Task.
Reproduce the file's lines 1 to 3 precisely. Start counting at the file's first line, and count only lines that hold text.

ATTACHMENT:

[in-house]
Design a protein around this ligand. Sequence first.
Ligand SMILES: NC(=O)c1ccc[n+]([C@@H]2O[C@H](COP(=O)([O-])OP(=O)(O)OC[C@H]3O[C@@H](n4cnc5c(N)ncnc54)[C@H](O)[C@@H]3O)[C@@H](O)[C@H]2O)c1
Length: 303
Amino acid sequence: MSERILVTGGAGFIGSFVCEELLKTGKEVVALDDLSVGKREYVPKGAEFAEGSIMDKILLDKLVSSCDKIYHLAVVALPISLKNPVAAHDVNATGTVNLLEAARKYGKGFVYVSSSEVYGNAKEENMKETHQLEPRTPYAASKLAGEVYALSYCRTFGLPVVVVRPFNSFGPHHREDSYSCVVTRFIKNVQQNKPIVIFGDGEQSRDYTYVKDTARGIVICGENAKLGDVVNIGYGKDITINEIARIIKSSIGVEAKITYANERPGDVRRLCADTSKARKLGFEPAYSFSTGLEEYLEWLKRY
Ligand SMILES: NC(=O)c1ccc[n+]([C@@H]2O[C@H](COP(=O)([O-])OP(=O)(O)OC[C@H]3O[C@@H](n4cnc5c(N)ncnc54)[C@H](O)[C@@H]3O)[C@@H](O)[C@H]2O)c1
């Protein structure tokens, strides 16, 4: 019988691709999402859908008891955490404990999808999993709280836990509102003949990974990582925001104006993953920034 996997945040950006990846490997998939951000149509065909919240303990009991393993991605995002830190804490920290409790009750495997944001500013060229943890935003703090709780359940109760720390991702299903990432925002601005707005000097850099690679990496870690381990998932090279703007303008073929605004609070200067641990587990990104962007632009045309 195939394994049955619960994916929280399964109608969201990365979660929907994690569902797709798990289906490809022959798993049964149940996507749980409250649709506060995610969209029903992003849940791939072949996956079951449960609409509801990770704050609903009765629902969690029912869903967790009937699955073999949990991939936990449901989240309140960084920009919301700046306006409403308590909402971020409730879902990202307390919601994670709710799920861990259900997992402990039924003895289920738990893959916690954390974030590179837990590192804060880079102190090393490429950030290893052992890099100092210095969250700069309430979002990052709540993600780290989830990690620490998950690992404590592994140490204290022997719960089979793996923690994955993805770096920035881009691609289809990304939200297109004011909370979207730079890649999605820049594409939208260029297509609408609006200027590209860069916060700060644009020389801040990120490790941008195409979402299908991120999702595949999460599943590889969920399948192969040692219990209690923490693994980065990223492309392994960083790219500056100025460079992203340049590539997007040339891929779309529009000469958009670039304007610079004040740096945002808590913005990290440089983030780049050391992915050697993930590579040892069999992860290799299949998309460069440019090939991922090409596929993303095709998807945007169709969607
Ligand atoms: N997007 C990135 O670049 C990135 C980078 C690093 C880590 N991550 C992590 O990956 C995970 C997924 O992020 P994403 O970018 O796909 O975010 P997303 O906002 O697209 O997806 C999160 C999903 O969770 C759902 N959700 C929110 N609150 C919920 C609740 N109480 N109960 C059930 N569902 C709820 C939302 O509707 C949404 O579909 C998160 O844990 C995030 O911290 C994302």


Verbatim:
[in-house]
Design a protein around this ligand. Sequence first.
Ligand SMILES: NC(=O)c1ccc[n+]([C@@H]2O[C@H](COP(=O)([O-])OP(=O)(O)OC[C@H]3O[C@@H](n4cnc5c(N)ncnc54)[C@H](O)[C@@H]3O)[C@@H](O)[C@H]2O)c1